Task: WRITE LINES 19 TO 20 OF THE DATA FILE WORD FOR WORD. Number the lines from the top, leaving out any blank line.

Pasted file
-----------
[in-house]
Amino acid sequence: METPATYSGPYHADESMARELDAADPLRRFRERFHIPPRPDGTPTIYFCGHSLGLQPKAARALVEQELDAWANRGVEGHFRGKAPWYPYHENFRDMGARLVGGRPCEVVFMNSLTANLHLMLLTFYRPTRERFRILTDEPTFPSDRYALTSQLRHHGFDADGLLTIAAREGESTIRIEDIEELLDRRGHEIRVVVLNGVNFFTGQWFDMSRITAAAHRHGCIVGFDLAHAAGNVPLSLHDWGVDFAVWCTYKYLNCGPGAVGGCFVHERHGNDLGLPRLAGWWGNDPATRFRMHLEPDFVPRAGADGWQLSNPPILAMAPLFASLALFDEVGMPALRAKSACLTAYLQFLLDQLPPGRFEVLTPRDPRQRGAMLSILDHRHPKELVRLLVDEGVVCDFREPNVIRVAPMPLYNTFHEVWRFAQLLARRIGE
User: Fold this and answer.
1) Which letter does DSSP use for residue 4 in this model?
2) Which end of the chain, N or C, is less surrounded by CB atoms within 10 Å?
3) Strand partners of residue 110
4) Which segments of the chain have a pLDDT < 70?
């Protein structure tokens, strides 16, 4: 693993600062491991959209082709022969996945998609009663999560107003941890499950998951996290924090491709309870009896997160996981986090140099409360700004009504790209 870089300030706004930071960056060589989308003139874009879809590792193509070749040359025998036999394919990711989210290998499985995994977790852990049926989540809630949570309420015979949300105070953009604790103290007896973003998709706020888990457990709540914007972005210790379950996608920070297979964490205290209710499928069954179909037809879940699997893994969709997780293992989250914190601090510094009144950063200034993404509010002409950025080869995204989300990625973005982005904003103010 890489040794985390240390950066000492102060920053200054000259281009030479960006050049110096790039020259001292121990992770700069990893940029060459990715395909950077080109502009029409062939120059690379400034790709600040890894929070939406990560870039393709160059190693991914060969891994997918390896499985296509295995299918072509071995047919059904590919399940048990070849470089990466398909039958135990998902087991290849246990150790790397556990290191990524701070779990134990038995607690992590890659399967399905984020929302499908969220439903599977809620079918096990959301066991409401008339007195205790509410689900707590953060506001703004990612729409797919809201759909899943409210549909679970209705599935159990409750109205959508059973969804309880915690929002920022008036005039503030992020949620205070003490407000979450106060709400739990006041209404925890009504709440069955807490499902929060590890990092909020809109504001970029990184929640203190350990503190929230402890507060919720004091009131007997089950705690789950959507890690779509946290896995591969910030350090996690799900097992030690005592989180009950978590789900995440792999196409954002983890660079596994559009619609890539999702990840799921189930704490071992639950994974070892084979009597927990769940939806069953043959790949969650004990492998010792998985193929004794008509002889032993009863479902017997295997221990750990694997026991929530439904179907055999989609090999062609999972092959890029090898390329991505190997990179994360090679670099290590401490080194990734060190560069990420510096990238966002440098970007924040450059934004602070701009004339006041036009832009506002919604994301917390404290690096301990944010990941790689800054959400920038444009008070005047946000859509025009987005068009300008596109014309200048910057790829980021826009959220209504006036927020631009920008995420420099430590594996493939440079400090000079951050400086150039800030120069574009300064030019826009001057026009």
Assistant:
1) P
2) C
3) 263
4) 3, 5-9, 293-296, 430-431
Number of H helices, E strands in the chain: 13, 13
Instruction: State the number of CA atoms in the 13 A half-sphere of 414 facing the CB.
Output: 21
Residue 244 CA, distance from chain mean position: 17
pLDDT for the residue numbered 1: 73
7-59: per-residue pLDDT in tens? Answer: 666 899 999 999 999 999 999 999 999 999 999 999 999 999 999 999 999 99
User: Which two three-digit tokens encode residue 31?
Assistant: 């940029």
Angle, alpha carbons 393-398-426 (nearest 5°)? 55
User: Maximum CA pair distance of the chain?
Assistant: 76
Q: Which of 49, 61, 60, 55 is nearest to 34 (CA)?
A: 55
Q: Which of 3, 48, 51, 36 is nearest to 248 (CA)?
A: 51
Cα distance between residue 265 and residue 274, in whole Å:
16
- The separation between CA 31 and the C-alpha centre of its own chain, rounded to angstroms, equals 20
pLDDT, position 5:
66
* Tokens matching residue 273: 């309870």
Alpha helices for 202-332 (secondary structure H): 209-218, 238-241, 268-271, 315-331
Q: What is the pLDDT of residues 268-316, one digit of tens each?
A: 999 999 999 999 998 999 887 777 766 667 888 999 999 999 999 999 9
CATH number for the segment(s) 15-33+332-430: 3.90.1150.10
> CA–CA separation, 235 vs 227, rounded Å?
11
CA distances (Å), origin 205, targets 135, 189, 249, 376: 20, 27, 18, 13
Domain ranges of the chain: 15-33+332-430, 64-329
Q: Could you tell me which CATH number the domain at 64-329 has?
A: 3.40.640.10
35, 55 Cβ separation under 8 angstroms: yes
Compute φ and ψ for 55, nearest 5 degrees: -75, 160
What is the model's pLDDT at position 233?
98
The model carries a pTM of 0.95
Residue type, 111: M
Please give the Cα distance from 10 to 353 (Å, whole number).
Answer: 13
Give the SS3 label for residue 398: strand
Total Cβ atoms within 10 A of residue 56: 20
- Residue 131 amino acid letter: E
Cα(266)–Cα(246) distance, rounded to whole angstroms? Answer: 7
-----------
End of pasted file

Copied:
7-59: per-residue pLDDT in tens? Answer: 666 899 999 999 999 999 999 999 999 999 999 999 999 999 999 999 999 99
User: Which two three-digit tokens encode residue 31?